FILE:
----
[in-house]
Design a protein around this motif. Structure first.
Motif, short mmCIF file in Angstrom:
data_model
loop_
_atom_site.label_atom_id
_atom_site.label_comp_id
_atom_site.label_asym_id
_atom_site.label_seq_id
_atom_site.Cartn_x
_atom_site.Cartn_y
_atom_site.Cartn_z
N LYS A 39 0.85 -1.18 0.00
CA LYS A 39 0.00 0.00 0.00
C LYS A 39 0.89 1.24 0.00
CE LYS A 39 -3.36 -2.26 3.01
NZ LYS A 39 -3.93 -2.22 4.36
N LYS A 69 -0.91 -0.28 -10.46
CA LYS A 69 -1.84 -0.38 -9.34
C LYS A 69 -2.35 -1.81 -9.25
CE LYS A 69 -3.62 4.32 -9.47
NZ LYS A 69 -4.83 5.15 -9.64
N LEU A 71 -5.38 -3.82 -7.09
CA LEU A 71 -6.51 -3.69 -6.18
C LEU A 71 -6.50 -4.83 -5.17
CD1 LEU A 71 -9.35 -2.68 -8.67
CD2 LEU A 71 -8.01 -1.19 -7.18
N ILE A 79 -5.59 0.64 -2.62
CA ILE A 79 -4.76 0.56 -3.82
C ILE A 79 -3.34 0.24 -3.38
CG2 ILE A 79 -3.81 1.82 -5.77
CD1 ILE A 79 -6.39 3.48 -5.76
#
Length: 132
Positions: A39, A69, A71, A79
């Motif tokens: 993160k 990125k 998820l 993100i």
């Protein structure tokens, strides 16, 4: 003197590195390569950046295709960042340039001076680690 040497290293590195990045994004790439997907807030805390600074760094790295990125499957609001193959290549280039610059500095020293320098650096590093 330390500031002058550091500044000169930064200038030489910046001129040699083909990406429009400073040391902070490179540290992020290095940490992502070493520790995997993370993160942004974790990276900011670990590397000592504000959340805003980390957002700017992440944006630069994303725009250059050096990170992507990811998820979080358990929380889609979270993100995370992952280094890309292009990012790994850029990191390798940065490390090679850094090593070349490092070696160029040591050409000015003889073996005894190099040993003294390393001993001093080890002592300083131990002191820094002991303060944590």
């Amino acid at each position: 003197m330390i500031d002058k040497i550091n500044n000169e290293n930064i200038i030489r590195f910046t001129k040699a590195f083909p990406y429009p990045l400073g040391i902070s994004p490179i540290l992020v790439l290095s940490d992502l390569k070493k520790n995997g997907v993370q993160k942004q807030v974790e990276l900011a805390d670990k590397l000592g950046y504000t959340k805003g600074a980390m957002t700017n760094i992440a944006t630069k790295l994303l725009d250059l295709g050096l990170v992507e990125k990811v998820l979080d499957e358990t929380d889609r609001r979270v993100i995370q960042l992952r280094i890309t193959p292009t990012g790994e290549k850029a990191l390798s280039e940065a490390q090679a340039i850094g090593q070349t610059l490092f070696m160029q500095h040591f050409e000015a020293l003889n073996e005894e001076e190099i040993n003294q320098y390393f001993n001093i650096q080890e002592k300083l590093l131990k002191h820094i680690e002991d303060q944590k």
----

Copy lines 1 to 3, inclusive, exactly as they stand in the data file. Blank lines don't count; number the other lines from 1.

[in-house]
Design a protein around this motif. Structure first.
Motif, short mmCIF file in Angstrom: